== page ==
45 new cases of COVID-19 reported in Niagara Monday.
Going, going, gone — very quickly — after a few thousand Niagara Region Public Health appointments for COVID-19 booster shots were opened up Monday.
And also Monday, Niagara Health reported a patient who was being treated for COVID-19 had died Sunday.
The hospital system, which has 18 patients being treated for the virus, including six in intensive care.
Public health reported another 45 Niagara residents have been diagnosed with COVID-19, after 102 confirmed cases were reported during the weekend, increasing the number of residents with active infections to 461.
Meanwhile, the offices of Niagara’s MPPs were overwhelmed with calls from angry residents who were unable to schedule vaccination appointments using the province’s booking portal, after Ontarians 50 and older became eligible Monday to receive booster shots.
Niagara Centre MPP Jeff Burch called it “totally unacceptable that constituents are yet again being put through total frustration with nothing set up to meet the demand of onslaught of calls for boosters.”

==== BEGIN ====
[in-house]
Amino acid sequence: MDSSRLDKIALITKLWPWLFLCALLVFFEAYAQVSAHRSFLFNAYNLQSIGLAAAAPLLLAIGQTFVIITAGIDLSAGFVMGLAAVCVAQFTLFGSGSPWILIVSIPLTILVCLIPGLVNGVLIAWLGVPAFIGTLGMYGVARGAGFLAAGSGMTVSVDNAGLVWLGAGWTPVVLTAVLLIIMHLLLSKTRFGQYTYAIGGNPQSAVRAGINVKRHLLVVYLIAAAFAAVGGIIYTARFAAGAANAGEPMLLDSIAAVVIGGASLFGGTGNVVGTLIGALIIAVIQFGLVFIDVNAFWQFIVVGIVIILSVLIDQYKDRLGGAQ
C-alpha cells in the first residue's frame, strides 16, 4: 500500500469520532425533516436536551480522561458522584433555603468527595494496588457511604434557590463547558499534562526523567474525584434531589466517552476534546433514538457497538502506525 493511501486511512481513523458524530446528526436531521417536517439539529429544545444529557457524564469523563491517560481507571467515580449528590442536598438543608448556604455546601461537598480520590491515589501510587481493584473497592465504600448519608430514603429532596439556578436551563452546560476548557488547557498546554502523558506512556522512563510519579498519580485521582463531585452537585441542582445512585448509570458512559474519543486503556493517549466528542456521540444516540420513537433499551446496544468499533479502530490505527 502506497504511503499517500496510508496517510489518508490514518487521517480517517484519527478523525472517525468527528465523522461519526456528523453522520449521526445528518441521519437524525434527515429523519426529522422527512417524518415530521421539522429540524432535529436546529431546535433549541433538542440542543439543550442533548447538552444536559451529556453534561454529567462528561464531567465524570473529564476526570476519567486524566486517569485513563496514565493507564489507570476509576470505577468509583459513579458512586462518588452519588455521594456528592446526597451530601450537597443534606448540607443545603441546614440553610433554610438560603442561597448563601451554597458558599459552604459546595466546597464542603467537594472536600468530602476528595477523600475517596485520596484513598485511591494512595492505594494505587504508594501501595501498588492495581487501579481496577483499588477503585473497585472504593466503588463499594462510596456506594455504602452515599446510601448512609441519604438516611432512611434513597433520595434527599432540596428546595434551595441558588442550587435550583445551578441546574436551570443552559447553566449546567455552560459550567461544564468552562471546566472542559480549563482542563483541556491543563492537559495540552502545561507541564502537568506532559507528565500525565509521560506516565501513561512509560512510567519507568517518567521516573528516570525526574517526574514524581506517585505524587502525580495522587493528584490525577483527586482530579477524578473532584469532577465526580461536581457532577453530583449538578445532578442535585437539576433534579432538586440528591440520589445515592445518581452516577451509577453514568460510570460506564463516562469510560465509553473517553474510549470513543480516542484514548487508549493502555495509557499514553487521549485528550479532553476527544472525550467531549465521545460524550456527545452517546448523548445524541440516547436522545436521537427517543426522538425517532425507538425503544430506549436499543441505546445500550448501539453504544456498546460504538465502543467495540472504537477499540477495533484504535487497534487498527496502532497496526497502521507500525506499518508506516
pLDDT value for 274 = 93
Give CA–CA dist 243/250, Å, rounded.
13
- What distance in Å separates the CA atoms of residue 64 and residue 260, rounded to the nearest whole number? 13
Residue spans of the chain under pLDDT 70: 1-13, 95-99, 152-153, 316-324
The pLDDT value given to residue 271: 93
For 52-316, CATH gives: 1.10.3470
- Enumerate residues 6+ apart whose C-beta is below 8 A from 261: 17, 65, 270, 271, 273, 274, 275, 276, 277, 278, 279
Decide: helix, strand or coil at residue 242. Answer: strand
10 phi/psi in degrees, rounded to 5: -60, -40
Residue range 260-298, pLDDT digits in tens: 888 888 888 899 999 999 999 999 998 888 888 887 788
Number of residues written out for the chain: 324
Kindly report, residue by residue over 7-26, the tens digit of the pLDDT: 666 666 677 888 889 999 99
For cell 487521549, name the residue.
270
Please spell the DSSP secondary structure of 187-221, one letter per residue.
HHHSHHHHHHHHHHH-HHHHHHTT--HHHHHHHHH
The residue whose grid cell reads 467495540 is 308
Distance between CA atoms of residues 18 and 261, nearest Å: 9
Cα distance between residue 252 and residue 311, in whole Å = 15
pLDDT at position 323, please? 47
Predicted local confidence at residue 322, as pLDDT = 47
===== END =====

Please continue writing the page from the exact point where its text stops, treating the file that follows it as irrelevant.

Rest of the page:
St. Catharines MPP Jennie Stevens said the situation is very similar to the headaches residents experienced earlier this year when people were first becoming eligible for vaccinations.
“If we aren’t learning from the mistakes, they are no longer mistakes. They are just bad decisions,” she said.
Niagara Falls MPP Wayne Gates wrote a letter to Health Minister Christine Elliott, Monday, asking her to release additional booster shot dosages to pharmacies and primary care providers in Niagara to help address the issues.
After announcing Sunday that slowing demand for first doses of vaccine for children five to 11 years old would allow public health to resume offering vaccines to adults, acting medical officer of health Dr. Mustafa Hirji said on social media Monday all its available clinic appointments for adults had been quickly snapped up.
As a result of the expanded eligibility for booster shots, Hirji wrote on Twitter “a few thousand appointments goes quickly” when tens of thousands of residents are eligible to receive them.
Hirji said public health is “hoping to add a few thousand more appointments soon.”
There are 169,827 Niagara residents 50 and older. Of those, 55,455 are now eligible for booster shots, having had their last shot of vaccine at least six months ago. About 30,000 more people will become eligible every week — until Jan. 4, when everyone 18 and older becomes eligible.
So far, 8,383 children of the more than 32,500 in the five to 11 age group have received their first dose of vaccine.